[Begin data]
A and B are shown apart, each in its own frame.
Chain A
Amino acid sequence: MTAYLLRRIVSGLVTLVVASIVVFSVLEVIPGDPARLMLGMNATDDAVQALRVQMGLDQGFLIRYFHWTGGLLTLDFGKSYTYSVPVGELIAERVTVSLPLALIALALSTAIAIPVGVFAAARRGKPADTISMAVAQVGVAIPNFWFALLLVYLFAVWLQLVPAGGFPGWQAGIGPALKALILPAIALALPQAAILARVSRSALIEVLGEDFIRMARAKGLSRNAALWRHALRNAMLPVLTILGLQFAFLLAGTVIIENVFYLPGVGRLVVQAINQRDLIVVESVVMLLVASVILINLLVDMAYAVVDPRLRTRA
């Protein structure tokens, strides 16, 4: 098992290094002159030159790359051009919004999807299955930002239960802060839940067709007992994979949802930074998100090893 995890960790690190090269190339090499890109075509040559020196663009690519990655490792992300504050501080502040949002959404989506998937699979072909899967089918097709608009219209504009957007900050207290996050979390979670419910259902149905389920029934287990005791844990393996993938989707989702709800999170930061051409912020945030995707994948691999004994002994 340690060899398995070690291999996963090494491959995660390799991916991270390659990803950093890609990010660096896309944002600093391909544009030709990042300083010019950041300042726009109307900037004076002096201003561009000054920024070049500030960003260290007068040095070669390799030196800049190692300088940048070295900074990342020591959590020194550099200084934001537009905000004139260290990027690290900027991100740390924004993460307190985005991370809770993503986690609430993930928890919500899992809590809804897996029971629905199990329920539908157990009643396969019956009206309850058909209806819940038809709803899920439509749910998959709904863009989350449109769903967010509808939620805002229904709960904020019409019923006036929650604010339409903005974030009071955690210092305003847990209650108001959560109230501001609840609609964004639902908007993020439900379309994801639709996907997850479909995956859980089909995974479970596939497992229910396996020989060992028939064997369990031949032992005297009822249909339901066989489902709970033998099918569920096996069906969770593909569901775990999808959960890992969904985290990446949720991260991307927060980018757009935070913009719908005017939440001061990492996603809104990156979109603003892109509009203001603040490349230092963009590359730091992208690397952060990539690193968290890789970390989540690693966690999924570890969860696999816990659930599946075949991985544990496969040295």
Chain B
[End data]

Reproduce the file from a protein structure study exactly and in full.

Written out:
A and B are shown apart, each in its own frame.
Chain A
Amino acid sequence: MTAYLLRRIVSGLVTLVVASIVVFSVLEVIPGDPARLMLGMNATDDAVQALRVQMGLDQGFLIRYFHWTGGLLTLDFGKSYTYSVPVGELIAERVTVSLPLALIALALSTAIAIPVGVFAAARRGKPADTISMAVAQVGVAIPNFWFALLLVYLFAVWLQLVPAGGFPGWQAGIGPALKALILPAIALALPQAAILARVSRSALIEVLGEDFIRMARAKGLSRNAALWRHALRNAMLPVLTILGLQFAFLLAGTVIIENVFYLPGVGRLVVQAINQRDLIVVESVVMLLVASVILINLLVDMAYAVVDPRLRTRA
């Protein structure tokens, strides 16, 4: 098992290094002159030159790359051009919004999807299955930002239960802060839940067709007992994979949802930074998100090893 995890960790690190090269190339090499890109075509040559020196663009690519990655490792992300504050501080502040949002959404989506998937699979072909899967089918097709608009219209504009957007900050207290996050979390979670419910259902149905389920029934287990005791844990393996993938989707989702709800999170930061051409912020945030995707994948691999004994002994 340690060899398995070690291999996963090494491959995660390799991916991270390659990803950093890609990010660096896309944002600093391909544009030709990042300083010019950041300042726009109307900037004076002096201003561009000054920024070049500030960003260290007068040095070669390799030196800049190692300088940048070295900074990342020591959590020194550099200084934001537009905000004139260290990027690290900027991100740390924004993460307190985005991370809770993503986690609430993930928890919500899992809590809804897996029971629905199990329920539908157990009643396969019956009206309850058909209806819940038809709803899920439509749910998959709904863009989350449109769903967010509808939620805002229904709960904020019409019923006036929650604010339409903005974030009071955690210092305003847990209650108001959560109230501001609840609609964004639902908007993020439900379309994801639709996907997850479909995956859980089909995974479970596939497992229910396996020989060992028939064997369990031949032992005297009822249909339901066989489902709970033998099918569920096996069906969770593909569901775990999808959960890992969904985290990446949720991260991307927060980018757009935070913009719908005017939440001061990492996603809104990156979109603003892109509009203001603040490349230092963009590359730091992208690397952060990539690193968290890789970390989540690693966690999924570890969860696999816990659930599946075949991985544990496969040295």
Chain B